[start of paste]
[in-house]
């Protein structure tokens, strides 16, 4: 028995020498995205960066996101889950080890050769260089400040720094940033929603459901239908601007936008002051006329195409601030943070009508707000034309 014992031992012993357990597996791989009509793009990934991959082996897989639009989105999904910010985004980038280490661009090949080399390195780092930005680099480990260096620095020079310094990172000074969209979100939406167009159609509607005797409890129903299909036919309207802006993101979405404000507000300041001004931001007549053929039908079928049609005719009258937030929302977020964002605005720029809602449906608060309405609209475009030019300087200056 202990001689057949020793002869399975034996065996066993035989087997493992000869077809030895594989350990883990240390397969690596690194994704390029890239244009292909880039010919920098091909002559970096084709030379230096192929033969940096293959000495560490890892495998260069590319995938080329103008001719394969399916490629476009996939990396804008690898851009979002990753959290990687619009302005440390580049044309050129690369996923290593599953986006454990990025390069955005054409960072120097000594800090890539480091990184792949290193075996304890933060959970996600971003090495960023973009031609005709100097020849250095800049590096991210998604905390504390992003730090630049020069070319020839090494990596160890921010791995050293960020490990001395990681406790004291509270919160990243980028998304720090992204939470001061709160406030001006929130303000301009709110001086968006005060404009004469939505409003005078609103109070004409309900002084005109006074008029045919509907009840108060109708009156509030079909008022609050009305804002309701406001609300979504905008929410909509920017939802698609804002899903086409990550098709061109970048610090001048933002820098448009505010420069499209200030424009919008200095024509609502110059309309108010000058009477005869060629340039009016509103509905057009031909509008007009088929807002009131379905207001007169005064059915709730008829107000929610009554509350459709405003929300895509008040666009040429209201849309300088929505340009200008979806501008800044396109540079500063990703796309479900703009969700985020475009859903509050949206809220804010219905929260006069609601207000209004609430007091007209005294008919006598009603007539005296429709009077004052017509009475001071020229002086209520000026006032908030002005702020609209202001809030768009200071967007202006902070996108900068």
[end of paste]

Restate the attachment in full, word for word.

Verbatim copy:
[in-house]
């Protein structure tokens, strides 16, 4: 028995020498995205960066996101889950080890050769260089400040720094940033929603459901239908601007936008002051006329195409601030943070009508707000034309 014992031992012993357990597996791989009509793009990934991959082996897989639009989105999904910010985004980038280490661009090949080399390195780092930005680099480990260096620095020079310094990172000074969209979100939406167009159609509607005797409890129903299909036919309207802006993101979405404000507000300041001004931001007549053929039908079928049609005719009258937030929302977020964002605005720029809602449906608060309405609209475009030019300087200056 202990001689057949020793002869399975034996065996066993035989087997493992000869077809030895594989350990883990240390397969690596690194994704390029890239244009292909880039010919920098091909002559970096084709030379230096192929033969940096293959000495560490890892495998260069590319995938080329103008001719394969399916490629476009996939990396804008690898851009979002990753959290990687619009302005440390580049044309050129690369996923290593599953986006454990990025390069955005054409960072120097000594800090890539480091990184792949290193075996304890933060959970996600971003090495960023973009031609005709100097020849250095800049590096991210998604905390504390992003730090630049020069070319020839090494990596160890921010791995050293960020490990001395990681406790004291509270919160990243980028998304720090992204939470001061709160406030001006929130303000301009709110001086968006005060404009004469939505409003005078609103109070004409309900002084005109006074008029045919509907009840108060109708009156509030079909008022609050009305804002309701406001609300979504905008929410909509920017939802698609804002899903086409990550098709061109970048610090001048933002820098448009505010420069499209200030424009919008200095024509609502110059309309108010000058009477005869060629340039009016509103509905057009031909509008007009088929807002009131379905207001007169005064059915709730008829107000929610009554509350459709405003929300895509008040666009040429209201849309300088929505340009200008979806501008800044396109540079500063990703796309479900703009969700985020475009859903509050949206809220804010219905929260006069609601207000209004609430007091007209005294008919006598009603007539005296429709009077004052017509009475001071020229002086209520000026006032908030002005702020609209202001809030768009200071967007202006902070996108900068």